PHP 7 Migration Challenges and Fix Tips

Php 7 Migration is still a hot issue for developers around the globe. Some host providers already completed the process, but many others are still lacking behind. Therefore, it is good to share some wisdom and technical tips that will help random PHP citizens around the world.

I see two major parameters that should be carefully considered in the beginning of this tough marathon and they are reusability + versatility.


Everyone should agree the equation below:

Reusability = Time = Cost

We all wrote our PHP 5.0 code some time ago. Our frontend applications are built on top of it and those PHP programs worked fine in the dungeons of our CMS. Now, we have to change the architecture of the underground facilities, but remember! The old code provided the expected results and all we want is to keep it the same. Because, the old code is reliable and well-testet over time. Integrating the failing parts to the newer version of PHP is sufficient. As a result of these, we don’t aim for rewriting of classes, we aim for catching and fixing the integration issues. This is a search & destroy mission. Although this strategy failed in Vietnam War, but never mind.

Search & Destroy mission php 7


This will be a long process for most of the developers and since you are working in short sprint cycles (say 3 weeks), at least half of your migration commits will be delivered to the production server which still runs on PHP 5.0. One may disagree with this approach by saying:

‘Nope, we will keep the migration commits on a different git branch and when all tests are complete and sufficient code coverage is reached, we will merge these two branches.’

The decision is certainly up to you, but I wouldn’t recommend this method. Because, there will be surely some conflicts after this big merge operation and the outcome will not be as reliable as you think. Therefore, I recommend to follow another path: Make sure that your fix commits works both on PHP 7.0 and PHP 5.0.

Do not merge your branches at the end of the process like Moses did

Fatal Error Examples and Solution Tips

EXP-1: “Fatal error: Uncaught ArgumentCountError: Too few arguments to function…”

We start with a popular one. You will see this error message when one of your php functions is using a default argument. See the example function below:

public function myFunction($array1, $array2) {
    if (!$array2) {
        $array2 = array();
    return count($array1) + count($array2);

The simple php function above expects two arrays as arguments and it returns the sum of array sizes. myFunction will work fine on PHP 5 even though you pass only one array, but the same call will give a fatal error message on PHP 7. Because, PHP 7 does not automatically assign a relevant default value on undefined arguments like PHP 5 does. Therefore, we should edit the function as following:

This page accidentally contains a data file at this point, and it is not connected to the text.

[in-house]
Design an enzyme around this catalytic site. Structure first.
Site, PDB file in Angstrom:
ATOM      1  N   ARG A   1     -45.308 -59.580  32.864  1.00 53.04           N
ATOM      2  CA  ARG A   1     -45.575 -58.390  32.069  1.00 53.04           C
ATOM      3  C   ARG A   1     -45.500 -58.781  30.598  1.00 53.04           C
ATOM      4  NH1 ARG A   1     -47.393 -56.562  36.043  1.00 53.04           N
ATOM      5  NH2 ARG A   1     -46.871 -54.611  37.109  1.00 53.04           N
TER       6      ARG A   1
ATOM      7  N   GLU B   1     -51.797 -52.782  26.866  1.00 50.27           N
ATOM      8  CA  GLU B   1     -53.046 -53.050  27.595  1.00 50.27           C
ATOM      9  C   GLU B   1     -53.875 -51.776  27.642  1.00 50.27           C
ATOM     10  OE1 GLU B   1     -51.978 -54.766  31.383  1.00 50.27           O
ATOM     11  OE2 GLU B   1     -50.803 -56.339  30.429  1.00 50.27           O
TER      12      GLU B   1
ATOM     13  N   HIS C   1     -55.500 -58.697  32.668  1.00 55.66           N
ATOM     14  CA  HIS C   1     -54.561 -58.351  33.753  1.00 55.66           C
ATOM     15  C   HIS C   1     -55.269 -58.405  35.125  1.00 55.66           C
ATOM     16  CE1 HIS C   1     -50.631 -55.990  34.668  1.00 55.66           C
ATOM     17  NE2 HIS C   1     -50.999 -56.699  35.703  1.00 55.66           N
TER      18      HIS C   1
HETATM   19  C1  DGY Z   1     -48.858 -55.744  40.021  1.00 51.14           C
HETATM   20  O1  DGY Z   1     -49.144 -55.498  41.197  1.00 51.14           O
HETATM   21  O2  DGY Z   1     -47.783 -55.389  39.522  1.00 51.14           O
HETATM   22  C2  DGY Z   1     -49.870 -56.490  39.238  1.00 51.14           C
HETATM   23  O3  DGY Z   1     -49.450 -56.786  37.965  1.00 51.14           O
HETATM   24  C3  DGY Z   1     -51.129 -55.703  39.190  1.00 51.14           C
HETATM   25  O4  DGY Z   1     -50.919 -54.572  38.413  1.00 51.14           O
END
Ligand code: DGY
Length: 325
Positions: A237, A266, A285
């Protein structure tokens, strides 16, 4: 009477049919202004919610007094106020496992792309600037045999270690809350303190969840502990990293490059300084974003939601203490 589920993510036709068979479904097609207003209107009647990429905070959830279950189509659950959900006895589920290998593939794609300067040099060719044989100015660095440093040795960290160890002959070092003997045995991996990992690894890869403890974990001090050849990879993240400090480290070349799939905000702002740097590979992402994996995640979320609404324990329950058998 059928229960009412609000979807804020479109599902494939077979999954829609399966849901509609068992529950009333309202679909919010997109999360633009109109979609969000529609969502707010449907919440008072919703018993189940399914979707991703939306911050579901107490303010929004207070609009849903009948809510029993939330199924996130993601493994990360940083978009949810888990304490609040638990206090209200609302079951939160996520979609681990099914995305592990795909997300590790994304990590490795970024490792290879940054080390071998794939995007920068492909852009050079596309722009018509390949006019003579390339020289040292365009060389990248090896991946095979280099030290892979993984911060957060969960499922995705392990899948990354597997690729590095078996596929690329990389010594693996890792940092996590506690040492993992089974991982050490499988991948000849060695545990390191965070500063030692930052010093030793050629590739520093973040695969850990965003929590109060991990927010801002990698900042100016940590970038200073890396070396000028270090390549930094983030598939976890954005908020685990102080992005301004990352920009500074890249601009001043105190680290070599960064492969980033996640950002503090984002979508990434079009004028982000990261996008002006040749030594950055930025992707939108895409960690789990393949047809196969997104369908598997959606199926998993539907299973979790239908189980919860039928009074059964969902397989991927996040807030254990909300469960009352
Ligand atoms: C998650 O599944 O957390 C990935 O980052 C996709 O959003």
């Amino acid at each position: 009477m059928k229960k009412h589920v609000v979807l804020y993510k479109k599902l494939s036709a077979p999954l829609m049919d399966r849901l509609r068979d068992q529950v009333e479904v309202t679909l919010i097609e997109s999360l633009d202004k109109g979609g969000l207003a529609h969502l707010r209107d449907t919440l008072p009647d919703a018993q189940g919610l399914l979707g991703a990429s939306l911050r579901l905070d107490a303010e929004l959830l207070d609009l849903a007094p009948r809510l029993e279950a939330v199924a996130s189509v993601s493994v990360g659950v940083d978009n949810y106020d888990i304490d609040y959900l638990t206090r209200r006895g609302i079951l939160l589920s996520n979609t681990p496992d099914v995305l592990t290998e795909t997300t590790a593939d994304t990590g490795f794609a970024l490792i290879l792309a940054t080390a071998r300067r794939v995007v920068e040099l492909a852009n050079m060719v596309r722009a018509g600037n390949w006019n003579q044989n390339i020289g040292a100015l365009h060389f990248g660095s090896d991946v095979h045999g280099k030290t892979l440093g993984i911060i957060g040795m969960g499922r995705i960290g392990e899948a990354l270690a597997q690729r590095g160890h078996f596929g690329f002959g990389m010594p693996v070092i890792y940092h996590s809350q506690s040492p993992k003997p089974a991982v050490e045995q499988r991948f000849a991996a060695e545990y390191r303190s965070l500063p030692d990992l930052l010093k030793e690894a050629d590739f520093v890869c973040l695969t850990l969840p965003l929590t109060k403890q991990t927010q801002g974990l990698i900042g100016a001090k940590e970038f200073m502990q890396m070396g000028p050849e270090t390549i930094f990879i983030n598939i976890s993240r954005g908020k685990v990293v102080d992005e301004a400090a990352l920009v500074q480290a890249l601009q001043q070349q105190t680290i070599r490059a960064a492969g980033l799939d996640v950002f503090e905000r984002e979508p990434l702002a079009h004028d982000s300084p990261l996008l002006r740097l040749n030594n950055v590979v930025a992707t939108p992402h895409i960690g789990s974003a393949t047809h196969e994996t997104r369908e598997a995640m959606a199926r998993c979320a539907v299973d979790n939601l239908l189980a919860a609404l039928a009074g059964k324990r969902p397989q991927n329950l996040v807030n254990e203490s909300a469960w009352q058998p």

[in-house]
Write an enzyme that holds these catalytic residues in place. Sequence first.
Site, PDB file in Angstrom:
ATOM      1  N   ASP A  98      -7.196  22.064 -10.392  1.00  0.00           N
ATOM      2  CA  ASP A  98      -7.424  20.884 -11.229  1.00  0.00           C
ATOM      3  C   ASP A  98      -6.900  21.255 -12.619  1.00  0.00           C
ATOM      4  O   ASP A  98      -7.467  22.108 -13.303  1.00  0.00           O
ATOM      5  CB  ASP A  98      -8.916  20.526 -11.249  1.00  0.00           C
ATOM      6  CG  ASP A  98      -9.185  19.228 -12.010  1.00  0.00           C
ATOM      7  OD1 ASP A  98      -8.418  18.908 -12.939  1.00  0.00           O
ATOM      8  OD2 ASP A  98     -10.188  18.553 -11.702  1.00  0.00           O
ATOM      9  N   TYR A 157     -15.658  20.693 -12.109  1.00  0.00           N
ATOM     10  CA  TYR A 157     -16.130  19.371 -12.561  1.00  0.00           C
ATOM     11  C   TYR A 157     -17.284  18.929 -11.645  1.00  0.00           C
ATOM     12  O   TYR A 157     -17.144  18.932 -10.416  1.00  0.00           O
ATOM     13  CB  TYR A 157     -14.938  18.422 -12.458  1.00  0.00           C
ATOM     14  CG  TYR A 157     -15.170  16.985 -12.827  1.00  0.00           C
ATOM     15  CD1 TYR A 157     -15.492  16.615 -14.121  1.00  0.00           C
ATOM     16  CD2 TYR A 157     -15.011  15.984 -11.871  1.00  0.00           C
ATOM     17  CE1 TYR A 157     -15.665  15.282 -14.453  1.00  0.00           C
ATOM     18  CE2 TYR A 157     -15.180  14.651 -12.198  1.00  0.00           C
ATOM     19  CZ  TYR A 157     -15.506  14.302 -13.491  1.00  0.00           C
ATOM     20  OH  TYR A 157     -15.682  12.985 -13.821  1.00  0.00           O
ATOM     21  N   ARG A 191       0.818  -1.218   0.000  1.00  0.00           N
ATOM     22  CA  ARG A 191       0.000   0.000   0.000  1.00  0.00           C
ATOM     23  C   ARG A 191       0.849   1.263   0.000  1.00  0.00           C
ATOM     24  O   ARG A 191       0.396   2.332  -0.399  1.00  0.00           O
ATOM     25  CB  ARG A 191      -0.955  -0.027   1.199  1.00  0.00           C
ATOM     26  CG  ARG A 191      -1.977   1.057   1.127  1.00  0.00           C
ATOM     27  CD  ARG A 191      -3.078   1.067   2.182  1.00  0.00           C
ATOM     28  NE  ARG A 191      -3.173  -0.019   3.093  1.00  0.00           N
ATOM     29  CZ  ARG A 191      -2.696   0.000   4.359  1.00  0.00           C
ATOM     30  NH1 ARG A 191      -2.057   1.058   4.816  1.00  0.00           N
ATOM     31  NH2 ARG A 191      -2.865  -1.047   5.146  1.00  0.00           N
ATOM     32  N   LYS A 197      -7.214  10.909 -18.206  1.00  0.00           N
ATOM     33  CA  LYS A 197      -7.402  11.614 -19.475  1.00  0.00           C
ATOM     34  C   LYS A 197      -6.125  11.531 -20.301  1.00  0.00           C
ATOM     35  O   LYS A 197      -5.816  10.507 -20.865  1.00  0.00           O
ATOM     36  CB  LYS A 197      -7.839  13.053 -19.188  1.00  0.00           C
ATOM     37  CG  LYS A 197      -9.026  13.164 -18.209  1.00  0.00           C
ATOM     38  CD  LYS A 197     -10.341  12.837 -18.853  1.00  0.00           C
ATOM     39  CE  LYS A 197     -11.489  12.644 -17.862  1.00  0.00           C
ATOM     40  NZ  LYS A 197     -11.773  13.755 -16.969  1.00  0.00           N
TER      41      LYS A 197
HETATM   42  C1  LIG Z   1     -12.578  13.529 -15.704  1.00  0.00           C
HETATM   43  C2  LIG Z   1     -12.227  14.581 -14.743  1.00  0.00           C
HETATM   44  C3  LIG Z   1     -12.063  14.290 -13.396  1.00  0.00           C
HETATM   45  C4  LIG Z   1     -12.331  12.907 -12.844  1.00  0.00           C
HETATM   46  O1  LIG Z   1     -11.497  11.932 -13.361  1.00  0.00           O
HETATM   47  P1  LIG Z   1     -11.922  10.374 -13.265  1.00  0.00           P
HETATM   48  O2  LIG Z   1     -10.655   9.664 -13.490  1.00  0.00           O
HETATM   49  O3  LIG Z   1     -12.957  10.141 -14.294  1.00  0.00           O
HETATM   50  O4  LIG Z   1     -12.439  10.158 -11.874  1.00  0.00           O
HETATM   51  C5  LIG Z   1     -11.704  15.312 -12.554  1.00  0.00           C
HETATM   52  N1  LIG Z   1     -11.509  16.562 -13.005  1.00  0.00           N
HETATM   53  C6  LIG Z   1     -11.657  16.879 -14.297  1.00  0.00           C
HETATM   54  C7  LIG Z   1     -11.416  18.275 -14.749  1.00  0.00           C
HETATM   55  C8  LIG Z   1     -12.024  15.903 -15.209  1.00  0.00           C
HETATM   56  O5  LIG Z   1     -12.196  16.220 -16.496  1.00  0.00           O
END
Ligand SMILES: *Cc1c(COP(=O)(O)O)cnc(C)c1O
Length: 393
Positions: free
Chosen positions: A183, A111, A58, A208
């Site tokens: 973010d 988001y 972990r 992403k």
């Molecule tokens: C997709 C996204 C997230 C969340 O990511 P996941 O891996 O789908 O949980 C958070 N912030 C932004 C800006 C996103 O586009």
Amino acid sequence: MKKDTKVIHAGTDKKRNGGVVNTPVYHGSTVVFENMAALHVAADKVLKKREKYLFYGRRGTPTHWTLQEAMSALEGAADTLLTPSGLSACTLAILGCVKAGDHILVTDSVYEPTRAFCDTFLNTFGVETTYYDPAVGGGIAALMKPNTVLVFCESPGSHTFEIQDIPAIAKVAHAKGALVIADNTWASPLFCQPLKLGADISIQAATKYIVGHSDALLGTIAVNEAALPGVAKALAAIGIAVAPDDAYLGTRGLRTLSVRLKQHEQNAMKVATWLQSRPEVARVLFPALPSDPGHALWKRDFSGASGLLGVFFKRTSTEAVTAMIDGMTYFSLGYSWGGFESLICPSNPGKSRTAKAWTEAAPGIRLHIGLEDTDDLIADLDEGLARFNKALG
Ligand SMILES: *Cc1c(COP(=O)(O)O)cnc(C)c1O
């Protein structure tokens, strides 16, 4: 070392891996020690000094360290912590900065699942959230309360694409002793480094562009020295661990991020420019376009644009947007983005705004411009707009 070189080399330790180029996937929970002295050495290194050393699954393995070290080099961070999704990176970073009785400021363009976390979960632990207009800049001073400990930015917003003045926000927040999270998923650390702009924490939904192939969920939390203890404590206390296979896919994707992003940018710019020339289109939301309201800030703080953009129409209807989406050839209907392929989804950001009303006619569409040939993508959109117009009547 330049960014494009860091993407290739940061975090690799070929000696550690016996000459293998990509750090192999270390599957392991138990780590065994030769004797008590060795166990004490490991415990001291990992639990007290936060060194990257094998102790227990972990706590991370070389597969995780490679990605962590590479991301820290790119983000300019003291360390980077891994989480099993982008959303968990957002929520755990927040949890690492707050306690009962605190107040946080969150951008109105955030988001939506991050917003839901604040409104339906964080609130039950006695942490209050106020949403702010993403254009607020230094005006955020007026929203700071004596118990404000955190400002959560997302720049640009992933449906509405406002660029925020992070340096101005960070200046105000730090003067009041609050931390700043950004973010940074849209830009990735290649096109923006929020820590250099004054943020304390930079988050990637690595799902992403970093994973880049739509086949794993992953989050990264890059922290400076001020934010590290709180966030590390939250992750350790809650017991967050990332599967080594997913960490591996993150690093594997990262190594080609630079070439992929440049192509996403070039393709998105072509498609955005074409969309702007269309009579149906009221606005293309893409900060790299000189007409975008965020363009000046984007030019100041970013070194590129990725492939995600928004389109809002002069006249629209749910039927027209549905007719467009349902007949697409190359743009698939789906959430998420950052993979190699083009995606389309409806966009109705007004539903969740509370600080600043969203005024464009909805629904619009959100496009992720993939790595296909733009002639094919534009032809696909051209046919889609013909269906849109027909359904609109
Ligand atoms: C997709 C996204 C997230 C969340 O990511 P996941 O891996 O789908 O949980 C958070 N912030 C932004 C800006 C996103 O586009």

public function myFunction($array1, $array2 = array()) {
    if (!$array2) {
        $array2 = array();
    return count($array1) + count($array2);

By assigning an empty array to the second argument, we let the function run both on PHP 5 and PHP 7.0. The same error message will occur when the second argument is a string, integer or an object. Then, we should use the relevant default value in syntax. For example, empty string “”, 0 or NULL values can be used accordingly for default initialisation.

You may end up getting the same error on redundant argument declaration. For example, $array2 might be declared in the function signature, but it might be actually never used. Certainly, this is the simplest case. Just delete the redundant argument and get over with the refactoring.

EXP-2: “Deprecated Methods with the same name as their class will not be constructors in a future version.”

The error message above already explains a lot, but seeing an example code excerpt is definitely enlightening:

class CafPage extends myPage {
    function CafPage($tid, $view_id, $title, $site) {
        $this->myPage($tid, $view_id, $title, $site);

The error apparently triggers in the constructor. PHP 7 does not like using the same name on both the class and the constructor function. Therefore, the same function should be edited as following:

class CafPage extends myPage {
    function __construct($tid, $view_id, $title, $site) {
        $this->myPage($tid, $view_id, $title, $site);

This fix will run on PHP 5 and 7 without any issues. Remember: Versatility!

bruce lee gif php 7

EXP-3: “Non-static method … should not be called statically in …”

I witnessed this error message in a function call similar to the one below:

return UserdataHelper::runTemplate('bla-bla.php');